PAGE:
If the government does nothing, it is the same as letting a robbery go on and doing nothing about it. I don't want to have to pay more any more than anyone who is conscientious about their pocketbook.

RE: Chicken little
By RaisedinUS on 7/15/2007 1:28:12 PM , Rating: 2
As I have stated, the terrestrial stations pay nowhere near the fees per month as they want to charge internet radio.
This while the world’s three major copyright holders’ groups - ASCAP, BMI, and SESAC - collectively charge terrestrial broadcast radio stations $972 per year per station, for the rights to broadcast exactly the same music to an equivalent or larger audience. From:
It isn't just a $.10 charge per song

Read again. It's $.10 per song PER LISTENER PER STREAM. That is again: $500 per year, per stream. If you have 2 it equals $1000. $.10 per song per listener: If you have 1000 listeners that's $.10 per listener multiplied by how many songs they all listen to. If all 1000 listened to 100 songs, that's how much money???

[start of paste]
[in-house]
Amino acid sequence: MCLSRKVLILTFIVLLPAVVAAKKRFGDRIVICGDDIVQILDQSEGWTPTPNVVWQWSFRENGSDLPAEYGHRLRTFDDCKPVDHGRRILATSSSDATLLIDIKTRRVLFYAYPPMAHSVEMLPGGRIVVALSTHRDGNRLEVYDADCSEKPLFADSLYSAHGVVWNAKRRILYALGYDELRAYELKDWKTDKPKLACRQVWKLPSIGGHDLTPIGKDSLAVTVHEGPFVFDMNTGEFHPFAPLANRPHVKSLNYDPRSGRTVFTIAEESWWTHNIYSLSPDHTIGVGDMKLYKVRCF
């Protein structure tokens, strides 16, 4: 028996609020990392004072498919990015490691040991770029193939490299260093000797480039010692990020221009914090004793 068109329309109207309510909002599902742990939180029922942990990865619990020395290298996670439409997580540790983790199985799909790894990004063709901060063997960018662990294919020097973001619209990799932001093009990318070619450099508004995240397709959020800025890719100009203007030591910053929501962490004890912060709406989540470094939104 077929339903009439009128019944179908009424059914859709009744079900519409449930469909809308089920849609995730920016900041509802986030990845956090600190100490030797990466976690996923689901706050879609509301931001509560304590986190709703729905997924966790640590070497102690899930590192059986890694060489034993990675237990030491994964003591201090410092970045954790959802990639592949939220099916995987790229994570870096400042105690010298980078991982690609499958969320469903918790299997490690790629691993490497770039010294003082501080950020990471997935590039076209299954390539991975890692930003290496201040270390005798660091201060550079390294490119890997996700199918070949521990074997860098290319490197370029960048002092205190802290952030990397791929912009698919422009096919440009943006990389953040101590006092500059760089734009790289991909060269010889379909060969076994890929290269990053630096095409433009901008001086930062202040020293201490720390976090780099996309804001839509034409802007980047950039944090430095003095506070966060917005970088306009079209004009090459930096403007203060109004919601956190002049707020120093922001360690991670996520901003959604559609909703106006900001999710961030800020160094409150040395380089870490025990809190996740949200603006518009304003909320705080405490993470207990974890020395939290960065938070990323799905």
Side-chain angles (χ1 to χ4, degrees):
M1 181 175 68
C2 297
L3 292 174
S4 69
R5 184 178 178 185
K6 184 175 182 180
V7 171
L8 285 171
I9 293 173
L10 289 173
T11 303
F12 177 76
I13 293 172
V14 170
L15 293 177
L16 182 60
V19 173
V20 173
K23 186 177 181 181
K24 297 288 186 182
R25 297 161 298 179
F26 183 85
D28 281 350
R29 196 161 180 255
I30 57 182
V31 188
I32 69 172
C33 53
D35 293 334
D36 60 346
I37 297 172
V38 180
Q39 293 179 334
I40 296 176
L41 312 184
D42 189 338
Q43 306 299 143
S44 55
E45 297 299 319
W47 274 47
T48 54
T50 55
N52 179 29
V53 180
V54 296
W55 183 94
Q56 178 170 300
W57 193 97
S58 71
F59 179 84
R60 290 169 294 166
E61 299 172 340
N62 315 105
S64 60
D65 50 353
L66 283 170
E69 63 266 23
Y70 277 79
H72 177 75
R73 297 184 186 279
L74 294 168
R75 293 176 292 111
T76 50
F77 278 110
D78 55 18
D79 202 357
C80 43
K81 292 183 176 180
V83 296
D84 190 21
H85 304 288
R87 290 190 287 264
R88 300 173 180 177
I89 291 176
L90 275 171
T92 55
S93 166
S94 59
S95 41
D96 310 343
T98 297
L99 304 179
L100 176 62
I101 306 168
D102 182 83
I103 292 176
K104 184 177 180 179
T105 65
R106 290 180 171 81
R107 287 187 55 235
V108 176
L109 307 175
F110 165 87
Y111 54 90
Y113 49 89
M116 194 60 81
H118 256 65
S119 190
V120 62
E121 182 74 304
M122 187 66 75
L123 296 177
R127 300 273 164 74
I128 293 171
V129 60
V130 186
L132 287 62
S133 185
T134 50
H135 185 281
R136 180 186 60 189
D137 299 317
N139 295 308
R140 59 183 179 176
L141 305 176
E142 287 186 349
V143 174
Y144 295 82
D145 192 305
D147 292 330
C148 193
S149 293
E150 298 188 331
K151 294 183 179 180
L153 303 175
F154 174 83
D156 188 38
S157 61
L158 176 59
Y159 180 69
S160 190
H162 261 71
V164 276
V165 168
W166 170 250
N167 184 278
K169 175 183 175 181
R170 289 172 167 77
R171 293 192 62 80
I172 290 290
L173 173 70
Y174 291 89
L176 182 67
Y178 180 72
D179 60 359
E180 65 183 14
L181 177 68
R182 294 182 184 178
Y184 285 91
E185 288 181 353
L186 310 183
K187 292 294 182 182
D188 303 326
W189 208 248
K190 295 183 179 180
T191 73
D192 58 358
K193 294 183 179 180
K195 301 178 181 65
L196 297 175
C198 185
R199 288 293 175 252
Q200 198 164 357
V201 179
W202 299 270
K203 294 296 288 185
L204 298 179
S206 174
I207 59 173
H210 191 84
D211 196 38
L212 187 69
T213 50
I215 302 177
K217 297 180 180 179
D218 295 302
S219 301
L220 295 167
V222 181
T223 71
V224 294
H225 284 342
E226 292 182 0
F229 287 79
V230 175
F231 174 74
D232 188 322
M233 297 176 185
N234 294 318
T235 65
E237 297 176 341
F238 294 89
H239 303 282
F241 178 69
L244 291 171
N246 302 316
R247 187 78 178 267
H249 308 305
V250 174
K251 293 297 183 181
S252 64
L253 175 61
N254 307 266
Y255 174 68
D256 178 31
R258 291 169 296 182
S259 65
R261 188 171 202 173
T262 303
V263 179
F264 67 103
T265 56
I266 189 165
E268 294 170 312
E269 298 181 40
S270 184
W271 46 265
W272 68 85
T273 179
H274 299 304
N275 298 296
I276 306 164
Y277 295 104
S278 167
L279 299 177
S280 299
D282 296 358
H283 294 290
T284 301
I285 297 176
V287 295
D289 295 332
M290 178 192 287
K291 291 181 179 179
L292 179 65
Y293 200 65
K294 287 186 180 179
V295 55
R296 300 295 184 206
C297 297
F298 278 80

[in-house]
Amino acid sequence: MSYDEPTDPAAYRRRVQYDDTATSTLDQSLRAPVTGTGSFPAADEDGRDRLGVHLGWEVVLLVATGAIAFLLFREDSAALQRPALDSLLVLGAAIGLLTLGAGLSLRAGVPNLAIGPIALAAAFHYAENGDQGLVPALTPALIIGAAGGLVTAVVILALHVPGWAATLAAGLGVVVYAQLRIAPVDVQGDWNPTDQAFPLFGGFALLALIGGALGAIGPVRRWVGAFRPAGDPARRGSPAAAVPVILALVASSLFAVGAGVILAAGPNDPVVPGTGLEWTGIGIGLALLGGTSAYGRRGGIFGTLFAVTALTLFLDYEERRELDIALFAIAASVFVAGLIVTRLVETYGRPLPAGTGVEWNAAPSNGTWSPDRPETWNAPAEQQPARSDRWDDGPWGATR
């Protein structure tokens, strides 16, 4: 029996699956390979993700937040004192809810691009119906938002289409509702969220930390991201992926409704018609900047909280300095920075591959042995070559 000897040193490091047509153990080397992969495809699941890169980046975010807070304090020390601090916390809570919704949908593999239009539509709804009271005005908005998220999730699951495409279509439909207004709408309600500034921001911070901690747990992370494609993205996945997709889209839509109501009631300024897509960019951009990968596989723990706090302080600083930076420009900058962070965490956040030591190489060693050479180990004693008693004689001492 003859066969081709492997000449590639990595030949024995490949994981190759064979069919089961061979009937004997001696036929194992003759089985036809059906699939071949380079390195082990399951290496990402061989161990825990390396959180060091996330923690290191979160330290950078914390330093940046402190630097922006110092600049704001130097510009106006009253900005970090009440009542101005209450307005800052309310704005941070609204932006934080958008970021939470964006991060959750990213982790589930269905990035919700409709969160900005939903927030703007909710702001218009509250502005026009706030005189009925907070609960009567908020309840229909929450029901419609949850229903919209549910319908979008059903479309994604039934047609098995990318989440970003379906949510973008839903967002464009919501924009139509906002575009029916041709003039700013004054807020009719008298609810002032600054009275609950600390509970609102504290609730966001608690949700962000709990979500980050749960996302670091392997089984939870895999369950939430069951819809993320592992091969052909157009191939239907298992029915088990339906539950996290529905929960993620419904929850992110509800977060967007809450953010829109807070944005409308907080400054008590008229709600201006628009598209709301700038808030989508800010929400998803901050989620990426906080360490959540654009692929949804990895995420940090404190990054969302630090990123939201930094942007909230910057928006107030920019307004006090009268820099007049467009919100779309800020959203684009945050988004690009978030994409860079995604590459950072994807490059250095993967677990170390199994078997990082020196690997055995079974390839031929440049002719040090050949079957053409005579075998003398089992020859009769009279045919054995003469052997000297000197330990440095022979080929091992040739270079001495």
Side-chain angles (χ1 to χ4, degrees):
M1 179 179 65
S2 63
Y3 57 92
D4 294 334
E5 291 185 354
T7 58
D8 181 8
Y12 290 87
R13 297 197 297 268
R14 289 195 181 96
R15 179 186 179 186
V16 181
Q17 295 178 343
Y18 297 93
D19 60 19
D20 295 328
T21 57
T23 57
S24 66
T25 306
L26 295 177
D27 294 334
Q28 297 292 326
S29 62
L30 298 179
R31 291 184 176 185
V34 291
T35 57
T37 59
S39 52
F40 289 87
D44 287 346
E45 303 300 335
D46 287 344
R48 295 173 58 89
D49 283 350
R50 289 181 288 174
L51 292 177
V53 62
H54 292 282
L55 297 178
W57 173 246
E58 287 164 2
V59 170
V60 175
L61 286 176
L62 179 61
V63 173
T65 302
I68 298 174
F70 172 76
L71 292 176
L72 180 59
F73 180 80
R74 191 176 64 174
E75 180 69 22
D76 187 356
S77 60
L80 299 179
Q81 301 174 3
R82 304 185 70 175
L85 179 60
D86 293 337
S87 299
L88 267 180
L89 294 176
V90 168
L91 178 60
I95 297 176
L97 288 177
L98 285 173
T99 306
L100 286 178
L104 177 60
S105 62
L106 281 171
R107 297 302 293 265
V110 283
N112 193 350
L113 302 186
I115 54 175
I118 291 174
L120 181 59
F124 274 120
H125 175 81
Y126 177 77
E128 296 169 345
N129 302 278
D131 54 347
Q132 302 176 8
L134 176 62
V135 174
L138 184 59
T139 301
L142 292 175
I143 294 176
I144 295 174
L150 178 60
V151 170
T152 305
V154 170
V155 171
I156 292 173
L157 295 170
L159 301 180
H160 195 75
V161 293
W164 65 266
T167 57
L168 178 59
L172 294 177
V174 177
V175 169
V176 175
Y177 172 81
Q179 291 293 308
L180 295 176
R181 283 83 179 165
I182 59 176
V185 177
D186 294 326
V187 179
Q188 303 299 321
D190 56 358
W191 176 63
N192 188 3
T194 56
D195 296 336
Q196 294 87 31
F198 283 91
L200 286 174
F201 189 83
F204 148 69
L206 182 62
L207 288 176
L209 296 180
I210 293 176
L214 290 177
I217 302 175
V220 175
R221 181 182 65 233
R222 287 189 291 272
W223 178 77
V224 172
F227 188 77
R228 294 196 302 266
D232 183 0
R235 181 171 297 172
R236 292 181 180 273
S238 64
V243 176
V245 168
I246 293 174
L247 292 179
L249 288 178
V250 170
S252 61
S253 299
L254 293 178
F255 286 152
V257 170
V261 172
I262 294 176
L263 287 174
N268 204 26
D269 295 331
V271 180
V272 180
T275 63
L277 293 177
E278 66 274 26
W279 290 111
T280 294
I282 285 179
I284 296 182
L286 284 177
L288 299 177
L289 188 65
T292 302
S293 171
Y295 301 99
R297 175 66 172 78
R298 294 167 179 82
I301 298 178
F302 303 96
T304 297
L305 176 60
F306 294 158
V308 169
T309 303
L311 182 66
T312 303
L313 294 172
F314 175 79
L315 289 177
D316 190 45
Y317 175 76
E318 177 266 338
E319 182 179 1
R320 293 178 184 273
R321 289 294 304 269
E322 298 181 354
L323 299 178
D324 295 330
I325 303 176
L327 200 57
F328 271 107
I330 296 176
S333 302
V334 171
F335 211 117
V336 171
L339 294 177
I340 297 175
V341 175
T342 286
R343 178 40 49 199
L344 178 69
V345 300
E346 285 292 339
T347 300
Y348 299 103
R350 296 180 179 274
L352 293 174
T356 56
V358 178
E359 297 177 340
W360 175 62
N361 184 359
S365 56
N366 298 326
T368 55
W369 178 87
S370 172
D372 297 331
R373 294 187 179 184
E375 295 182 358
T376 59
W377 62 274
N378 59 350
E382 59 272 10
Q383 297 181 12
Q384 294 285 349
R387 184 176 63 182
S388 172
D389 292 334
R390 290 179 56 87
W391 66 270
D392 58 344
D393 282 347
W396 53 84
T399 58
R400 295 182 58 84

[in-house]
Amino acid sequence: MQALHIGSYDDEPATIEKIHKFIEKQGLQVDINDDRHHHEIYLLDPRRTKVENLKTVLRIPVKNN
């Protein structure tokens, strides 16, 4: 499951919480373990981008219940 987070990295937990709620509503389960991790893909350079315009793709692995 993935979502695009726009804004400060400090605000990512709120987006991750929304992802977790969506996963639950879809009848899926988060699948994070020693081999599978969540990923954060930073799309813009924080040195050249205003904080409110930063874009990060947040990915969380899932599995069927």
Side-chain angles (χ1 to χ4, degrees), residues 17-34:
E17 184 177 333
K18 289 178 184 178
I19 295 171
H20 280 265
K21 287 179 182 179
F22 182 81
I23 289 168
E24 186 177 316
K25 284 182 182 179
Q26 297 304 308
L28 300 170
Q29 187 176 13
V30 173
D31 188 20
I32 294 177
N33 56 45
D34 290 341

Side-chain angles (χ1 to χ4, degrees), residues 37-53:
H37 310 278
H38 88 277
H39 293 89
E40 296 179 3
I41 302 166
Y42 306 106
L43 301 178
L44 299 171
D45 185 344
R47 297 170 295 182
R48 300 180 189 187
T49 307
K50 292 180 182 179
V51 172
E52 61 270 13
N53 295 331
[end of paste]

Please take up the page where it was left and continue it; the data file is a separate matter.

I fail to see how this fact escapes you. Terrestrial stations do not pay this "performance" tax.

Your logic is harmless against my arguments, your insults
Your "arguments" are based in pure ignorance. As for my insult, I insult you because you are too lazy to read .
Sommers realized he would have to pay $2000 per month to keep his station of 20,000 listeners afloat.
Did you factor in the $500 per month per stream of has this small fact eluded your vast intellect as well? How many streams does he have? And you wonder why I call you an idiot.
Does this mean you have your own radio station?
Yes I do and I am NONPROFIT. And because you don't understand things well, that means I make NO money. It's a hobby. I sell no advertising, I hawk NOTHING.